By: Will Burchfield
At the time of Jim Caldwell’s firing, Lions general manager Bob Quinn made it clear the team’s next head coach would have full jurisdiction in naming his staff.
So Jim Bob Cooter and Paul Pasqualoni are here at Matt Patricia’s behest.
At his introductory press conference on Wednesday, for which Cooter and Pasqualoni were both present, Patricia explained why kept one as offensive coordinator and hired the other as defensive coordinator.
In regard to Cooter, Patricia said the recent success of Matthew Stafford and Detroit’s offense as a whole was an important factor. It bears mention that Stafford vouched for Cooter at the end of this season.
“Obviously, he’s done a great job here in what he’s been able to accomplish with both him and Stafford and the offense,” said Patricia. “He’s someone that has worked with a lot of guys that I’ve worked with in the past and someone that everyone speaks very highly of.”
Patricia at first said Cooter was simply “on staff,” but later specified he will remain the offensive coordinator, a position he’s held since midway through the 2015 season. Under Cooter, Stafford has turned into a much more efficient quarterback, punctuated by a career-high 99.3 passer rating in 2017.
A creative play-caller in the passing game, Cooter’s challenge next season will be unlocking the Lions’ long-dormant rushing attack.
“I have a lot of respect for him because I’ve been on the other side of the ball going against him,” said Patricia. “Looking forward to working together and continuing that success and building on the things that have been done on that side of the ball.”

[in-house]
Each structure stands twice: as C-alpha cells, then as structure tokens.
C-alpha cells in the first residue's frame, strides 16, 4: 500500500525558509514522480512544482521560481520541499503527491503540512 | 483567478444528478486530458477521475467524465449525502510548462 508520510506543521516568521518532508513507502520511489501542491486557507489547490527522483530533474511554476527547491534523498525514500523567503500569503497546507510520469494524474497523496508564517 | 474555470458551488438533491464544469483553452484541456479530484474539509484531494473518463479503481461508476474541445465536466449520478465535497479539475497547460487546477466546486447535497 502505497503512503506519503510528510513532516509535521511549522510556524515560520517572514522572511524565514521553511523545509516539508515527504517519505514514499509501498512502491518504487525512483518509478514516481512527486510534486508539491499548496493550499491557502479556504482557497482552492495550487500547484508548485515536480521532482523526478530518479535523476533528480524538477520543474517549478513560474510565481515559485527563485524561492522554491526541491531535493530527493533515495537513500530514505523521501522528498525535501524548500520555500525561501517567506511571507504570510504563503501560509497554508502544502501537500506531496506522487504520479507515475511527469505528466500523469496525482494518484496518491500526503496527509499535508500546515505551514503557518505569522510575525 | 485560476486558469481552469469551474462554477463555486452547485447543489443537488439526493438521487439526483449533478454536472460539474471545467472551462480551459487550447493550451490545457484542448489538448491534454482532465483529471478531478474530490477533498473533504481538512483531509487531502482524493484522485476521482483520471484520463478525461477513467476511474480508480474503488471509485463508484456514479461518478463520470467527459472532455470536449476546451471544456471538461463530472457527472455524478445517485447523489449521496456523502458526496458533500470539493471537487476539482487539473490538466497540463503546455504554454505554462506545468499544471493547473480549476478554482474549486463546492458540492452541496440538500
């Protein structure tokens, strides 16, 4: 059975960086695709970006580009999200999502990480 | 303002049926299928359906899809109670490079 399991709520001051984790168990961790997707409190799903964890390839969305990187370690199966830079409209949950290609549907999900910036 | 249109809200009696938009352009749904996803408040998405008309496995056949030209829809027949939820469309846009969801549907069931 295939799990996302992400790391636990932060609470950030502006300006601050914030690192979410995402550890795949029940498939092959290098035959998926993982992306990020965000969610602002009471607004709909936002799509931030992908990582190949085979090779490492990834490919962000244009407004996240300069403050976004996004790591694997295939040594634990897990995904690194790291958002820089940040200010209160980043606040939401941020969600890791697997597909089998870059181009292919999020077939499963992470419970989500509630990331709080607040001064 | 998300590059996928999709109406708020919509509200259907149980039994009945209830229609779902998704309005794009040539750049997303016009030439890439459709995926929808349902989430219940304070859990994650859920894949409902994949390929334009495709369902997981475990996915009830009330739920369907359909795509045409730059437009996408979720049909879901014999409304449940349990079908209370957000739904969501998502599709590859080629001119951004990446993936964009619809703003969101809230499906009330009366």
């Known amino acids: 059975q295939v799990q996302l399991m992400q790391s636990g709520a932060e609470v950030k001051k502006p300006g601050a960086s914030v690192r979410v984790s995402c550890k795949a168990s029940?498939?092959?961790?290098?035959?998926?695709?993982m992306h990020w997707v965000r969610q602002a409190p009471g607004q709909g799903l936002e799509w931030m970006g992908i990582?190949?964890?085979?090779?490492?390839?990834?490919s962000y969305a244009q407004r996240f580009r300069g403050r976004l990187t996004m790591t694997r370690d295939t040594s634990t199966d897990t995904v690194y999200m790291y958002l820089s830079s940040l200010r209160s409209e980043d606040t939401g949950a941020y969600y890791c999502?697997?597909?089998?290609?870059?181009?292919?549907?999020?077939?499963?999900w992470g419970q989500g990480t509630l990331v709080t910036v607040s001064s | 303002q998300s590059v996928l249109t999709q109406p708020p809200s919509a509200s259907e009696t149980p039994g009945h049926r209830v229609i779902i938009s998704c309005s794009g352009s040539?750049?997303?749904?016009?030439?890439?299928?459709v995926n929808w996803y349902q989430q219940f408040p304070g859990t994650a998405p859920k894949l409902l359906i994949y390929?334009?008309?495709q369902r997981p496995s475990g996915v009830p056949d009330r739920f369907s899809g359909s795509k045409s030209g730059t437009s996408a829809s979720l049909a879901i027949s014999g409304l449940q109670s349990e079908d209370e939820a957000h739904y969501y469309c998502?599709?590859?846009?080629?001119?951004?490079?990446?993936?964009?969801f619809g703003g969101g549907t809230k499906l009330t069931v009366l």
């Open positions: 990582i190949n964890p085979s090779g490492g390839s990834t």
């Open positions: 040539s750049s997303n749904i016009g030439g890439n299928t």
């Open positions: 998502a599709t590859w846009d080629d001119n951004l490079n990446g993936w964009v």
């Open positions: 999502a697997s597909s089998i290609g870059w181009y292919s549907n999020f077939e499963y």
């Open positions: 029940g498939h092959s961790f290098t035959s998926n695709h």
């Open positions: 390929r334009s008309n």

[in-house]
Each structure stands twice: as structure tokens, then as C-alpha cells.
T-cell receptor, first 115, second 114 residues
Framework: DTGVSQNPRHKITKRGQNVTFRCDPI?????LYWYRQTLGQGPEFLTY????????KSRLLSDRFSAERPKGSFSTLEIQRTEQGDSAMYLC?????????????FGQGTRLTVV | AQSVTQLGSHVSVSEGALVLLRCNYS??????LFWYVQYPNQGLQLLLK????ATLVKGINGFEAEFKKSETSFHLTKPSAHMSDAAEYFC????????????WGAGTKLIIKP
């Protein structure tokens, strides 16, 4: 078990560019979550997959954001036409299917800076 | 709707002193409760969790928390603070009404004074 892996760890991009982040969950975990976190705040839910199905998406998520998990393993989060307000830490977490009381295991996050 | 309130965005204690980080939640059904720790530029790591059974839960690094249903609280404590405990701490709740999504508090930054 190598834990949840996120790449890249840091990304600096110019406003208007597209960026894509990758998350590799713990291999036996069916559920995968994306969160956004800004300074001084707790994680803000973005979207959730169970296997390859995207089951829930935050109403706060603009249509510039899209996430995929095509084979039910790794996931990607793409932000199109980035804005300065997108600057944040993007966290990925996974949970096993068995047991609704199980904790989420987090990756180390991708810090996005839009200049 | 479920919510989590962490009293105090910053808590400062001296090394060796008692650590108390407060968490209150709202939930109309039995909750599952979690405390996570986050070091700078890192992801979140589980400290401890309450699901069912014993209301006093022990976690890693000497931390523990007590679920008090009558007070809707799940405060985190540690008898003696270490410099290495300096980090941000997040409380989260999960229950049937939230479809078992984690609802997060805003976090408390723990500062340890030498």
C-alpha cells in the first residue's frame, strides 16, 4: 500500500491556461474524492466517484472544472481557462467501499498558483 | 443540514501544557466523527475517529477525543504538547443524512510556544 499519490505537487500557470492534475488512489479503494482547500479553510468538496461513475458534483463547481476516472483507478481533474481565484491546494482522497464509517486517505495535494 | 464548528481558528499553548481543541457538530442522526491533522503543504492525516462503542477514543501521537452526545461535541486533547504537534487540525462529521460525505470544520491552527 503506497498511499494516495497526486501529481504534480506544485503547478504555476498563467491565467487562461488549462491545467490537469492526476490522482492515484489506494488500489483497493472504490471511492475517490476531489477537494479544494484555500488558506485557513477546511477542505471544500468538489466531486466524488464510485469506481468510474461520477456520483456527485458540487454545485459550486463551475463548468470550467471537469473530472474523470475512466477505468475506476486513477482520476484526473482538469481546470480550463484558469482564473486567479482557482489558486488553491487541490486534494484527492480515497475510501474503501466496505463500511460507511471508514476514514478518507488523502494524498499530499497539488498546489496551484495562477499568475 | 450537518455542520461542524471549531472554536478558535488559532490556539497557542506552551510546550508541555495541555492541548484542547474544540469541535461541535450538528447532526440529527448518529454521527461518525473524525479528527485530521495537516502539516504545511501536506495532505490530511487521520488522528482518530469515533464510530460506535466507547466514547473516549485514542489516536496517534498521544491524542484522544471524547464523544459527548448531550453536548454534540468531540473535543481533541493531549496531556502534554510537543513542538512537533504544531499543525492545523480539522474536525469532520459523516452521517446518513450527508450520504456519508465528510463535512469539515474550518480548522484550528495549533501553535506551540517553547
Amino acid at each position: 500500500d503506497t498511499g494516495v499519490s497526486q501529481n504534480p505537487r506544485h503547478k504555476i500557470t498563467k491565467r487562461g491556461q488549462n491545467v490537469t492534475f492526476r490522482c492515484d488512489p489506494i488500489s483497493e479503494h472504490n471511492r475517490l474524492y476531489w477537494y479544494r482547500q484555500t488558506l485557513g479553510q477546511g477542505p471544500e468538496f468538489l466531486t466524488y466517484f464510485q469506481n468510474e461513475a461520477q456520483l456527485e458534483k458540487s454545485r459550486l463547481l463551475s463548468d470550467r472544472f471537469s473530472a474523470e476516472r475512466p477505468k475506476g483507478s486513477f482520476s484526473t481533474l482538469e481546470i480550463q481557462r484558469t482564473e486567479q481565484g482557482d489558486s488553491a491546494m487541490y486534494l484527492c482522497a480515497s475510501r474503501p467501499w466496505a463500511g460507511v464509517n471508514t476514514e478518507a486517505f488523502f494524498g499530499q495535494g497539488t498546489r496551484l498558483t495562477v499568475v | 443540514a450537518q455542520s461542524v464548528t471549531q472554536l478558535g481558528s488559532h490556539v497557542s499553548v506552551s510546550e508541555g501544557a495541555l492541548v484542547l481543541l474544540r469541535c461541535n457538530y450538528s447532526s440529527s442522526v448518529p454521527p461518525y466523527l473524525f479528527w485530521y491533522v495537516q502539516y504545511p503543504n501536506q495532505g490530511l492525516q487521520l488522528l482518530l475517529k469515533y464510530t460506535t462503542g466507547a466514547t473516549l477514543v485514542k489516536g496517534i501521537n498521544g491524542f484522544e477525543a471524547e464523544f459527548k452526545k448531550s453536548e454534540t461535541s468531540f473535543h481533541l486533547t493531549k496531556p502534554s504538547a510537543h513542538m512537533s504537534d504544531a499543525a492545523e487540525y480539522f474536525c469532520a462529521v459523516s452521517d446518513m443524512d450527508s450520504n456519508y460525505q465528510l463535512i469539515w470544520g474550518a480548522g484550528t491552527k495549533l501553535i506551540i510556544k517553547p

As a former defensive coordinator, it was no surprise that Patricia wanted to start fresh at that position. In Pasqualoni, he brought in a coach with whom he shares a defensive vision — and a whole lot of history. Pasqualoni gave Patricia his first big break in the business when he hired him as an offensive assistant at Syracuse in 2001.
Patricia’s career took off from there.
Pasqualoni remained the head coach at Syracuse through 2004, before making various stops in the NFL. He was defensive coordinator of the Dolphins for two years, the Cowboys for anther and most recently the defensive line coach at Boston College.
“He was kind of enough to kind of give me my start in the Division-1 level,” Patricia said. “He really mentored me a lot and taught me a lot as far as how the game should be looked at, how to game plan, how to strategize and how to really get the most out of young players. Kind of a natural fit.”
Patricia said he and Pasqualoni have kept in touch over the years and share similar defensive philosophies.
“There’s a lot of common ground in what we believe in, how a defense should be played, how it should be run, the fundamentals behind it. The core teaching of what should be accomplished first and foremost. There’s a huge comfort level for me to have him on board and to be able to entrust him to handle that,” Patricia said.
As far as defensive scheme is concerned, Patricia said that’s a discussion for down the road. The roster will change too much through free agency and the draft to start drawing anything up now.
“As you go through the process of spring, training camp and the season, for me, that changes. The scheme is not something that’s necessarily locked in. You want to kind of make sure you tailor what you do to the players that you have, so that they can perform at a high level out on the field,” he said.
Former defensive coordinator Teryl Austin, who departed for the Bengals, was in charge of play-calling under Jim Caldwell. Asked who will call defensive plays next season, Patricia smiled and said, “You know what the good thing about being the head coach is? Anytime I want to call a play, offense, defense or special teams, I get to call it. That’ll be pretty exciting for me.”